Tuesday, September 3, 2013

So, You Want to Do Good?

No, that’s not a grammatical error in the title of this post. This is about breaking into a field that allows you to do good things on behalf of others, the field of corporate social responsibility, or CSR. 

A couple of weeks ago, I noticed a discussion thread in the LinkedIn group “Corporate Community, Sustainability and Philanthropy” started by 25-year-old Erik Moss, who works for Catholic Charities in Dallas,Texas. Erik wrote, “I'm a nonprofit professional looking to get into the CSR field. Any tips on making that leap? Do most people start out in PR and then move over to CSR?It was a good question that elicited several responses, including a couple from me and, with Erik’s permission, I’m sharing my mine with you.

I told Erik I entered the CSR field as a paid professional after more than 30 years in journalism and public relations. What helped me was a long-term involvement with community and nonprofit organizations. My career also included high-profile PR positions, which led to me being asked to join some foundation boards.

All of these experiences developed a profile that led a pharmaceutical company, through a connection there, to reach out to me to start their corporate giving and global philanthropy program. That's the other important aspect of this, or any job search – networking and maintaining contacts.

To learn more about this field, visit Web sites like The Chronicle of Philanthropy and the Council on Foundations to learn about CSR, foundation work, and philanthropy. LinkedIn also provides job openings in the CSR field on a weekly basis to members of appropriate groups, including the one mentioned above.

I also recommend being involved as a volunteer or board member of a nonprofit organization. That will help you understand how they operate. That will assist you when, one day, you are in a CSR position as a donor, cause marketer, or provider of engaged employees to volunteer. Such participation in the nonprofit sector will also help connect you to like-minded individuals who will learn of your interest in this field and see what you have accomplished as a volunteer or board member.

Erik raised a question about his age, with a concern that he would be too young to be considered for nonprofit board positions. I told him at 25, he is a prime candidate to serve as a volunteer board member. From what I have come to learn about him, he has energy, insight into his age group (and others, judging by his current work with parents and children), and he can help breathe new life into an organization.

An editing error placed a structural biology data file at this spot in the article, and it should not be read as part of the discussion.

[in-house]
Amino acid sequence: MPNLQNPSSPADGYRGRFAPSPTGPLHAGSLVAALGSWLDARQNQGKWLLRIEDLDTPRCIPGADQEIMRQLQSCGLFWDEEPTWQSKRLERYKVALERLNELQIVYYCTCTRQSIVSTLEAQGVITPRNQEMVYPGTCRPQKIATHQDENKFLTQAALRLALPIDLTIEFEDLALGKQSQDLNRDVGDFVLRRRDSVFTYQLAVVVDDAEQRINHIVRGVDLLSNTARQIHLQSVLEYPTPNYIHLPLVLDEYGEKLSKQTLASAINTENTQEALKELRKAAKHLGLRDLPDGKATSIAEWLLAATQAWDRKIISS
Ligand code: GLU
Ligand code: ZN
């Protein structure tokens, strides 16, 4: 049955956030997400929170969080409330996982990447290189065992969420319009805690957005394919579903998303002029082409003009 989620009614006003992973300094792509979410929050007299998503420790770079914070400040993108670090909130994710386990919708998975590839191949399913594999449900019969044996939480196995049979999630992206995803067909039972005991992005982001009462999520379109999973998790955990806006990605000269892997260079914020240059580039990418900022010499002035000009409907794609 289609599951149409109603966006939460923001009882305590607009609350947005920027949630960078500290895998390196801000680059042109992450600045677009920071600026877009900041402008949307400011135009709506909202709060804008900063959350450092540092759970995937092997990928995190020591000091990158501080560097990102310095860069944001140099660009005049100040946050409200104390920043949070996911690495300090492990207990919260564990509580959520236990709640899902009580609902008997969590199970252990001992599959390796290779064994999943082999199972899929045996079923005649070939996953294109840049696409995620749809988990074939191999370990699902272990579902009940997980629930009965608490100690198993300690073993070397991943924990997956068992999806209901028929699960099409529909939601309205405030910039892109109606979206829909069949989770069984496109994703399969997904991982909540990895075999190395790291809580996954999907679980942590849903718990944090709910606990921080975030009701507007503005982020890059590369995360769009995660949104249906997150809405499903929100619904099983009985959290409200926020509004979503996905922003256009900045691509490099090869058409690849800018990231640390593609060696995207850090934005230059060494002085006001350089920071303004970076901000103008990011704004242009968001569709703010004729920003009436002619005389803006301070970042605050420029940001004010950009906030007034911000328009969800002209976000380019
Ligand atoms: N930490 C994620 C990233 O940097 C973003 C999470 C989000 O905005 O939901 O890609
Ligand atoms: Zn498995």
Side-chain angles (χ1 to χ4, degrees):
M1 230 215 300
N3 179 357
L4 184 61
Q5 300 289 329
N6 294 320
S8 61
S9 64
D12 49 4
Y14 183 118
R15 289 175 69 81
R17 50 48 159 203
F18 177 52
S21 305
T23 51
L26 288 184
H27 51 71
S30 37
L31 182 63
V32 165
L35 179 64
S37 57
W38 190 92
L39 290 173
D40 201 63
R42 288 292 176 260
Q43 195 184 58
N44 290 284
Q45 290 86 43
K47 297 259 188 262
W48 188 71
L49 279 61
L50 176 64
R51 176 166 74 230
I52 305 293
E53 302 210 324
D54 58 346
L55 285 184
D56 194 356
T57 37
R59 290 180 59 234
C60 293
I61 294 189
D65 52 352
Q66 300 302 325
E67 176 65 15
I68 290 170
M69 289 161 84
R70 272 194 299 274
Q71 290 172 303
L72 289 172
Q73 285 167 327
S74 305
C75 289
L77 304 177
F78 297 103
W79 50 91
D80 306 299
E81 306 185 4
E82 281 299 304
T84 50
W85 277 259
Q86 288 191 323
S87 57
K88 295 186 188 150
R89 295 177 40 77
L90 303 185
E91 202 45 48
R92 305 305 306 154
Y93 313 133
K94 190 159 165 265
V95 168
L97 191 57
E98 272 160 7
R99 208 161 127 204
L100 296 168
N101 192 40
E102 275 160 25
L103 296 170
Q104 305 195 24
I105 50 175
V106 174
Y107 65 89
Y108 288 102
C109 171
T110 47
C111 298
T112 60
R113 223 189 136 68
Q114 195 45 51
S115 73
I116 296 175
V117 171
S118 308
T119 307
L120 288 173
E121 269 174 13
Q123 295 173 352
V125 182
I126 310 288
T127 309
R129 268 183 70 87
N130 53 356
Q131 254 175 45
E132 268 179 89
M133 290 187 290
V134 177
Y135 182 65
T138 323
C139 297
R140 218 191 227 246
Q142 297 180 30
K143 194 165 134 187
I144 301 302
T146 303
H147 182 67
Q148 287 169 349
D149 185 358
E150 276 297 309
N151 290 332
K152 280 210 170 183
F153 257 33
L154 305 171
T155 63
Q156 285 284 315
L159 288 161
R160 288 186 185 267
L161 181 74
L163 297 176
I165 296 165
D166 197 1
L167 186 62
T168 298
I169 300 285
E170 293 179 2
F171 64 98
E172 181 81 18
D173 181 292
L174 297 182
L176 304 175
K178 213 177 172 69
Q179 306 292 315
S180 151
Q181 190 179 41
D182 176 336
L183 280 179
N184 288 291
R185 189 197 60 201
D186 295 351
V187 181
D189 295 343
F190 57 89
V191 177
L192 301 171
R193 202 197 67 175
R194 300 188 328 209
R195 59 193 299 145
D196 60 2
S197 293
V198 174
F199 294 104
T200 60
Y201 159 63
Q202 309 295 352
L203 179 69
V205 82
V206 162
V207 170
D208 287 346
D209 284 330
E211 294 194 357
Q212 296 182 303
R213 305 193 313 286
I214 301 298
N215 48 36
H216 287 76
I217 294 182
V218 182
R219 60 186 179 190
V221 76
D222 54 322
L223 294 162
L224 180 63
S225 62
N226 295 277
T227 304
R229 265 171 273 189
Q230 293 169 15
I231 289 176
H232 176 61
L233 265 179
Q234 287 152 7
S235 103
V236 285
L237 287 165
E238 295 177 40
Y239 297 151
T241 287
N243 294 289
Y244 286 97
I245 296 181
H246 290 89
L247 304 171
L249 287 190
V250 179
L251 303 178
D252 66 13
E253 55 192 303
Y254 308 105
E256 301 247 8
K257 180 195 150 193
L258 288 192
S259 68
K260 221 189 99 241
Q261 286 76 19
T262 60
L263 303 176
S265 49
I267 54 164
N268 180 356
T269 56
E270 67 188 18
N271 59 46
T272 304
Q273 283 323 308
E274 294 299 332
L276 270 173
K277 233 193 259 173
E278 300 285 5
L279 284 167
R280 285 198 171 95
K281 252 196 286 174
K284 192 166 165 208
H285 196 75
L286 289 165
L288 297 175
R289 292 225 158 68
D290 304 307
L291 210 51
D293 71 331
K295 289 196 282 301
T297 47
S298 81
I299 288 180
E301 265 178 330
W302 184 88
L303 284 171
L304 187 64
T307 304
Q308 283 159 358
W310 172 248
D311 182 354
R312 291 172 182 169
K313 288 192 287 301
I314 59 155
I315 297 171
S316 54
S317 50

Daniel Torres, a student friend of mine who recently graduated from Marist College, where I still teach, was elected to his school board at 18 and he is running for the New Paltz Town Board this year at age 23. At 21, I was the chair of our city's transportation commission. Local chambers of commerce have young leaders groups that help develop skills and connect them to their communities.

A good writer is worth his or her weight in gold to a nonprofit organization. With extensive layoffs in newsrooms and a diminishing number of traditional news outlets, prospective newsmakers are fighting for a shrinking number of coverage opportunities. You can help an agency develop a blog, a Facebook presence, or a Twitter account if they don't already have those. You can help them with an online newsletter or enhance their Web site. You can lead them to understand how to pitch stories that will get picked up by media, or perhaps even bypass traditional channels by using your social media skills. I told Erik not to let his age or anyone’s perception of him being “too young” impede him from making a mark on the community in which he lives and works.

My advice: pick a cause about which you are passionate and find an agency that has that as part of its mission. Is there a disease that has impacted your family? What about literacy? Is there a set of social issues about which you have strong feelings? I provided links to groups with which I've been involved, but there are thousands more looking for volunteers.

Erik brings another major skill to the table. He’s bilingual. How many companies, agencies, foundations, or other groups lack the ability to offer services or assistance or information in Spanish as well as English? I have two students in my Marist class this semester who are fully bilingual. My advice to any young person – or anyone for that matter – play to your strengths. We all have much to offer.

Career development takes time and while we can plan for our future, there are twists and turns along life’s path that catch us by surprise. Three years ago, I had no idea I would be in the job I am today, nor did I plan my career to develop as it did. Opportunities arise and you have to be ready to accept and take advantage of them -- and I mean "take advantage" in a positive sense. I also believe in karma -- you do good for others and that good is returned to you. That should not be your expectation. One should do something that is good just because it is good. However, if that good is returned to you through an opportunity, accept it with gratitude and grow with that new experience.

One last thing…After less than two months as a program coordinator at Catholic Charities, Erik was promoted to program supervisor, overseeing a staff of eight. That’s a sign of both who he is and what he can do. Those two aspects of one’s professional and personal life are complementary, so I have no doubt that whenever he decides to make the job into corporate social responsibility of philanthropy, he will land on his own two feet.